Sitting Still & Shutting Up: Meditation for Pragmatists
Our appetite for distraction is endless. The smallest lull in our day has us reaching for our smart phones, Twitter, Spotify, Angry Birds, another coffee, another cigarette… and if, there’s unused mental capacity to be had at any point, a sneaky fantasy about that cute guy/girl that just walked past. A constant stream of amusements to keep our body and minds occupied, keeping us happy and making sure the worries and the boredom stay away. But once in a while it gets a little too much. We reach data/caffeine/sugar saturation and we need to take a break.
It’s at this point we may be tempted by meditation. From podcasts, yoga groups, weekend intensive seminars and Buddhist retreats, you too can find inner peace and happiness! Available now: Enlightenment in a form to suit you! Jokes aside, it’s no wonder so many of us are tempted to try meditation. We’re promised a mental sanctuary, some beautiful tranquil mindset illustrated with a calm lake and a cloudless sky where, in the comfort of your own mind, you can relax and escape the problems of the every day world. But, hang on… wasn’t it that exact need for escapism that got us into this mess is the first place? Surely if you can’t escape the real world by repeatedly flinging birds at a band of guffawing pigs, then sitting on a cushion in a quiet room isn’t going to hack it either?
If you’ve tried meditation and given up because you didn’t ‘get it’, because it felt like you were still sceptical stressed-out ‘you’ just sitting still and wishing the time away, or if you’ve been tempted but never did anything about it because deep down you’re pretty sure Nirvana was just a band, I’ve got something to tell you – you’re right. The problem is, meditation is boring. I don’t mean sometimes, or for some people, I mean if it isn’t boring you’re not doing it right. Which, you can imagine, is a hard gig to sell.
We “don’t like” being bored, like we “don’t like” so many things. In fact we’re so busy not wanting 50% of the experience of being alive that, while we’re filling the rest with mindless distractions to protect the notion that everything is good, we’re also avoiding developing coping mechanisms for when things aren’t so good. And this is what meditation is for – accepting that life is a mixed bag and you may as well be tooled up for the not-so-great bits. Not to avoid them, because that’s never going to work for long, but to get through them with as little fuss and pain as possible.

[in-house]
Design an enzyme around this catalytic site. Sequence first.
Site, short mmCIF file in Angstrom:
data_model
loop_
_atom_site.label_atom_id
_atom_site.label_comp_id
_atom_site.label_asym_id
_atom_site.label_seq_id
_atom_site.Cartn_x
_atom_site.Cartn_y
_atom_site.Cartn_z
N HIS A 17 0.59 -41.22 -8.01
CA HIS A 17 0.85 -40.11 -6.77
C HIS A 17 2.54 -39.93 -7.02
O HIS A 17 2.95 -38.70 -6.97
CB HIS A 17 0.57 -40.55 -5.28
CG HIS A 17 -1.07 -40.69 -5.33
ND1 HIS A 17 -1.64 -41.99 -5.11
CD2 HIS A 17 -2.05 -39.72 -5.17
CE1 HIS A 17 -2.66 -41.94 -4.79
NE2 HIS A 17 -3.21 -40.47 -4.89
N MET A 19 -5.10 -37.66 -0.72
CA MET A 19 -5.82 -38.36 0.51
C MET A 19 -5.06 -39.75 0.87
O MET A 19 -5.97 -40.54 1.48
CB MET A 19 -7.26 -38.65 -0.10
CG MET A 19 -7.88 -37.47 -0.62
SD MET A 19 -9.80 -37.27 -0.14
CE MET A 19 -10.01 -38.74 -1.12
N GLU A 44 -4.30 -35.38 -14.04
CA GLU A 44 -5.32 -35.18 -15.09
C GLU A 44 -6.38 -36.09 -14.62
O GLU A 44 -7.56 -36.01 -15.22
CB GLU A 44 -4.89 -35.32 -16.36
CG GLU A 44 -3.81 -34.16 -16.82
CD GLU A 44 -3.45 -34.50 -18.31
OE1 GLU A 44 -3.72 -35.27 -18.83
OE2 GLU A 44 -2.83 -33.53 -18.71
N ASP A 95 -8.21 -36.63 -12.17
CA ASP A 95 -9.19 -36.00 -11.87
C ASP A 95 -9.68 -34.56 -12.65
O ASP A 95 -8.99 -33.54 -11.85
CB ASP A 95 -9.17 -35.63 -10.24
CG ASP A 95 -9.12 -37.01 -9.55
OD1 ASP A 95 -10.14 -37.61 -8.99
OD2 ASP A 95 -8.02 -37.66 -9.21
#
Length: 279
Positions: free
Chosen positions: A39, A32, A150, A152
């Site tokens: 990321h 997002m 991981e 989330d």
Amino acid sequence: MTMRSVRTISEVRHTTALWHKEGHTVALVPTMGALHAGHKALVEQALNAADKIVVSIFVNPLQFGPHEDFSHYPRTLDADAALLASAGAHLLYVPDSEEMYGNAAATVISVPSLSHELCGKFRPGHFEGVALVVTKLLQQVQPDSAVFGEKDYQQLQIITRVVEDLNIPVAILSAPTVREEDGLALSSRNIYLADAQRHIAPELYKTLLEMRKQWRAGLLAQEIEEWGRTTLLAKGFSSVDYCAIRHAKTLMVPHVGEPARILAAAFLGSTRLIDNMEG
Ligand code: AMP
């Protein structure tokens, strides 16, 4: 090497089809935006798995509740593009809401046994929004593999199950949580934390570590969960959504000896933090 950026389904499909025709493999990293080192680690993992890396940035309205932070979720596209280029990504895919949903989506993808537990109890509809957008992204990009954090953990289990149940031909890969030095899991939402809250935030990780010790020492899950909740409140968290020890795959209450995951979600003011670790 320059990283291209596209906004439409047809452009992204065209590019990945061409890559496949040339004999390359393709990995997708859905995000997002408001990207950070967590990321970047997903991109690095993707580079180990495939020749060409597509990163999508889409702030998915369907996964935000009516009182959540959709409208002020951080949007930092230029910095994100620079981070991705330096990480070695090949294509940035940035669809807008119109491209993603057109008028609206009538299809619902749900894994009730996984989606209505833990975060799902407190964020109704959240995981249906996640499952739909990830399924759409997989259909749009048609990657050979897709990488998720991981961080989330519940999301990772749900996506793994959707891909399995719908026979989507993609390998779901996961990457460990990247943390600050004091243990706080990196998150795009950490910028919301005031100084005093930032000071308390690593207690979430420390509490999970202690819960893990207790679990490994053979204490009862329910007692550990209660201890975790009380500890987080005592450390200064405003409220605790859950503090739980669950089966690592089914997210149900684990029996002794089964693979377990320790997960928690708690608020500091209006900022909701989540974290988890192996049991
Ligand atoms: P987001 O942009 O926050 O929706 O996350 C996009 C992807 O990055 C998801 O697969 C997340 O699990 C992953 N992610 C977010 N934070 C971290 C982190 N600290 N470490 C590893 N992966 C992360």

Buddhism, the root tradition from which almost all meditation theory is derived, put this in terms of ‘dukkha’ (or, if Pali wasn’t your language option at school, suffering). When Buddhists talk about suffering they don’t mean the bad things that happen just because they’re part of life; losing your job, the loss of a loved one, or having your car stolen. No, by “suffering” they mean the additional pain we cause ourselves by wishing that thing hadn’t happened and dwelling on the whys and what ifs of an alternate universe in which it didn’t. If a sad thing happened – be sad. Don’t add to that by rebelling against the event and don’t rebel against the emotions either. They’ll be gone soon. In a very small way, regular meditation affirms this.
Meditation isn’t an escape, it’s a tool to help you deal with the inevitable ups and downs of life a bit better. It’s about staying still, shutting up, and letting the inevitable comforts and discomforts come and go for 30 minutes with as much patience and equanimity as you can manage – then getting up, going back to your annoying, imperfect, everyday life, and doing the same.
How To: If you’re game for being bored and want to know where to begin, here’s a good exercise for newbies.
- Grab a chair – nothing too comfortable or you’ll be tempted to doze off.
- Set a timer for 30 mins and double check it’s set – believe me, you’ll start to wonder.
- Sit up straight in your chair with both feet flat on the floor and place your hands lightly on your knees/thighs at an angle that permits you to relax your shoulders. (You could pop a cushion under your feet if that helps.) Close your eyes.
- Take a deep breath, filling your lungs completely, and paying attention to the way your chest rises, your shoulders separate, and your stomach expands. Hold this breath for a moment, before slowly releasing, noticing things like your spine taking the weight of your deflating chest and the feeling of air rushing over your tongue / through your nostrils.
- Mentally count “One”.
- Repeat, and at the end of the second exhalation, count “Two”.
- Continue this until you have counted up to ten and back down to one, or the buzzer goes, whichever comes first.
- The catch: every time you get distracted or lose count you have to start all over again.
The trick here is as soon as you catch yourself thinking about something other than breathing, notice the thing that distracted you, mentally acknowledge it as relevant and important but leave it alone for now. It can wait 30 mins. Really. You’re busy (being bored!).
This post was written by a RWL Guest Blogger – Amanda Leon-Joyce is a pro-profit Social Entrepreneur drawn to so-called impossible ideas by a predilection to ‘have a go anyway’, and adamant that the answers to the problems of society and planet alike, lie in the development of good businesses. Images by lipsticklori.